Palais des Papes at sunset.
After a busy week of archival and library research I have made good headway in understanding and reconstructing Macintosh’s lost library. Of its c. 70 titles, I have physically inspected around a third (often spanning multiple volumes) and have transcribed about three quarters of the inventory of seized books. The staff at the bibliothèque municipale have been very supportive and encouraging and are keen to explore the possibilities of incorporating my findings into their catalogue or otherwise making Macintosh’s library more visible and accessible.
Perhaps the most surprising discovery this week was the letterbook of Macintosh’s outgoing correspondence that is now housed in the bibliothèque municipale. On this occasion I haven’t had the opportunity to do more than skim (and photograph) the letterbook; it’s large (490 pages) and contains somewhere in the region of 300 letters. The task of reading and distilling those will have to wait for another time.
In some respects, much of the content of Macintosh’s library is unsurprising; there are a range of books relating to India and America, several addressing the trial of Warren Hastings, and a number exploring the topic of revolution. Perhaps more surprising is the almost total absence of travel texts; Vonley’s Voyage en Syrie et en Égypte (1787) being the only example of that genre. Rather more abundant are dictionaries and grammars relating to the Italian language (one of which books Macintosh acquired in Rome in 1790). Quite what he was doing in Rome, and why he appeared to be learning Italian (something that I should be doing at the moment), are, as yet, mysteries.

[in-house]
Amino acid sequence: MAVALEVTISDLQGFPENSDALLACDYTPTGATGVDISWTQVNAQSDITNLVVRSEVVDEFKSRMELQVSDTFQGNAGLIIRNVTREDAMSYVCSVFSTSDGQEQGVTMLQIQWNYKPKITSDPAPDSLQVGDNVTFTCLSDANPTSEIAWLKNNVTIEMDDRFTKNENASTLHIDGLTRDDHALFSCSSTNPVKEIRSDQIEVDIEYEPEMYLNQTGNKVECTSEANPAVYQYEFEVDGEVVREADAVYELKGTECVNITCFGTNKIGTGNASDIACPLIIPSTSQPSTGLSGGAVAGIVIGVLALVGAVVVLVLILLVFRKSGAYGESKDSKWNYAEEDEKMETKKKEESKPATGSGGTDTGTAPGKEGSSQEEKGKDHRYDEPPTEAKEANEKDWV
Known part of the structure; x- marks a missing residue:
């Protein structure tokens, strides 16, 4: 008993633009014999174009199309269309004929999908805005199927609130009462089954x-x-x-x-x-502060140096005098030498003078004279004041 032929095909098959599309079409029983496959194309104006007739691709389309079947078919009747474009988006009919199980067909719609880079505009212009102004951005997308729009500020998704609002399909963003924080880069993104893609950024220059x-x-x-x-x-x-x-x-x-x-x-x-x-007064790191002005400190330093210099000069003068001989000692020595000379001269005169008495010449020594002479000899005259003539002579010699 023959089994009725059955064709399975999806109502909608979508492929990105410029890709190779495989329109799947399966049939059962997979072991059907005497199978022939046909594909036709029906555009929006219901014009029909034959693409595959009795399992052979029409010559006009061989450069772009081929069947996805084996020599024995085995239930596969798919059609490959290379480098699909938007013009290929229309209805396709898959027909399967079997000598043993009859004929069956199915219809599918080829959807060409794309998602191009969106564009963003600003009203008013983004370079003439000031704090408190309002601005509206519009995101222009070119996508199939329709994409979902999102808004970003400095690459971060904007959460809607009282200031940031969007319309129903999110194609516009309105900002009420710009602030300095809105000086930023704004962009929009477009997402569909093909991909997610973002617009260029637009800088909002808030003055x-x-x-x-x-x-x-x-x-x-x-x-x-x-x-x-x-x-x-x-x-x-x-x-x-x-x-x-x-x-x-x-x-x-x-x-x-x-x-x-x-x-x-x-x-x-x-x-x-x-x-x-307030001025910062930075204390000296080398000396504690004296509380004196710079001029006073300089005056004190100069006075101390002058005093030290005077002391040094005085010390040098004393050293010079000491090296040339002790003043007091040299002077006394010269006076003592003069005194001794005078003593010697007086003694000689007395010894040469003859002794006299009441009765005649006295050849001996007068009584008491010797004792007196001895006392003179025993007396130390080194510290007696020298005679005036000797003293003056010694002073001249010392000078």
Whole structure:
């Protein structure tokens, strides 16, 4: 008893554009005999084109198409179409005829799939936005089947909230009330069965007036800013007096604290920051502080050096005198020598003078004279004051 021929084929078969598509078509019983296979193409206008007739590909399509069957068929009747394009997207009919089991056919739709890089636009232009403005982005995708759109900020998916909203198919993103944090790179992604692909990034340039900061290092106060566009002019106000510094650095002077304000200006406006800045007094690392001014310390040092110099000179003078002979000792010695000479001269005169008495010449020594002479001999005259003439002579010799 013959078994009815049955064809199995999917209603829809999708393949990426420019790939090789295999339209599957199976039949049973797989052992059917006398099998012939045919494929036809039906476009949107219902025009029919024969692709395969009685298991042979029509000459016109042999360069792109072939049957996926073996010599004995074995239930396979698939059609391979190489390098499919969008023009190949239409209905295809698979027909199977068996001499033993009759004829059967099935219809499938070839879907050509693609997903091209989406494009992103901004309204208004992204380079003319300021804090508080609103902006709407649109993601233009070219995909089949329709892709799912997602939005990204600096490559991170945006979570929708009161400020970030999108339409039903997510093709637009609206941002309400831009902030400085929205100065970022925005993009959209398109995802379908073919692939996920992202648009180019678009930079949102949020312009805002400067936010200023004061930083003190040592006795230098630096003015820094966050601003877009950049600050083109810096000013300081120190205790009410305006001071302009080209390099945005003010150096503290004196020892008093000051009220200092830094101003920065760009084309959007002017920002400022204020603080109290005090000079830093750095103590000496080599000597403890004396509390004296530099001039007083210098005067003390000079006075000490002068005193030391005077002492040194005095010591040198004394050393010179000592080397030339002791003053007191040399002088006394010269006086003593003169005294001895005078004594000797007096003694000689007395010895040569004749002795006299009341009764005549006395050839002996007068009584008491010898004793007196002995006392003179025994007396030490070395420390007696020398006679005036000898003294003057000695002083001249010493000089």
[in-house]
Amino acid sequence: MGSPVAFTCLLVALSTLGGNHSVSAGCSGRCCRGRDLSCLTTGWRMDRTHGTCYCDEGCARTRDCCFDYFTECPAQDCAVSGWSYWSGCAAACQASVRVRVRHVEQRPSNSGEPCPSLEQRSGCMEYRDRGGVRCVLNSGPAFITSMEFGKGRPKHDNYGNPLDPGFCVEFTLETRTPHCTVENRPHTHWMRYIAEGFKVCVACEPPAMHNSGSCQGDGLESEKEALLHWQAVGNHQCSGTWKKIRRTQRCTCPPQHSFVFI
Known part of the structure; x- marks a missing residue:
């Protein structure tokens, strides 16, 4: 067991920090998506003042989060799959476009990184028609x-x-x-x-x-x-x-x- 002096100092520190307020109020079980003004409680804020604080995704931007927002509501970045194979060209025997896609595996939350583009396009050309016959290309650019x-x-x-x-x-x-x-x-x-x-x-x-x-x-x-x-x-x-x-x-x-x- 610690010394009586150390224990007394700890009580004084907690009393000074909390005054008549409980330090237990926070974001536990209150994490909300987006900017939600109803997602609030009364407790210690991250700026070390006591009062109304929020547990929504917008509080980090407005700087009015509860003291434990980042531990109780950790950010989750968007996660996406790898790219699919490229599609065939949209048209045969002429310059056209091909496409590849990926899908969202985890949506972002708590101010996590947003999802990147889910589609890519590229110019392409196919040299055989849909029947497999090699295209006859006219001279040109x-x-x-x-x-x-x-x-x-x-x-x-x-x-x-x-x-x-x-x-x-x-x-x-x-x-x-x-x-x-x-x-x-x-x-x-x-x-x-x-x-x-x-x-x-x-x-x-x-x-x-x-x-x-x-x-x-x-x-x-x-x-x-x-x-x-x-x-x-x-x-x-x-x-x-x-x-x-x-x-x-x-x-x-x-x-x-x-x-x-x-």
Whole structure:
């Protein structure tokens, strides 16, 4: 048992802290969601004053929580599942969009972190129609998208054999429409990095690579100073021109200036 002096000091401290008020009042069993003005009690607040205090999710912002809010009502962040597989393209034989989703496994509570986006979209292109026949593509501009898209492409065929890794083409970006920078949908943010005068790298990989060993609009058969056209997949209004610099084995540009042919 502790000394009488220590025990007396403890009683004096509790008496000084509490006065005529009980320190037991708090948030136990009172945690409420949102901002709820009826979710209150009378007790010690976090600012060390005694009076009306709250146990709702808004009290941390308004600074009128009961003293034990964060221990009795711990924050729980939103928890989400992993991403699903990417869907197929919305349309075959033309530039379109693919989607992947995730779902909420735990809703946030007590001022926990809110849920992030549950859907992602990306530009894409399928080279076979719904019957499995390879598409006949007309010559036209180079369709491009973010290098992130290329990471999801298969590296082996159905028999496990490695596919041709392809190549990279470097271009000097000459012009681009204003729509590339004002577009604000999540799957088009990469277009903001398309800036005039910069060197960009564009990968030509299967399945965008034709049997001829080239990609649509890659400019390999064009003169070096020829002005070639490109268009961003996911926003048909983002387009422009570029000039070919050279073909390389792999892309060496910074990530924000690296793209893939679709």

So, this week has been a real step forward. There is, of course, a huge amount still to do (I’m hoping to come back for a week in October), but I am beginning to feel that I have at least seen where the limits of the primary material lie.
Extract from a letter dated 15 February 1772 in which Macintosh commissions branding irons with which to mark his slaves. Bibliothèque Ceccano Ms. 1297.
I have written before about Macintosh’s role as slave owner and trader and how uncomfortable it is to encounter in the archive evidence of the brutality and inhumanity of slavery. It is often the matter-of-fact way in which the purchase, management, and punishment of slaves is described that is so chilling; the extract above is just one example of that. It is from a letter sent by Macintosh in February 1772 in which he commissioned branding irons for use on slaves that he owned jointly with William Pulteney. It reads:
Please to get made of silver set in a wooden handle, two such stamps as are underneath for marking our Tobago & Dominico [sic] Slaves.
Order of requisition for Macintosh’s effects, dated the 23rd of Nivose in the 3rd year of the French Republican calendar (12 January 1795). Archives départementales de Vaucluse 1 L 452.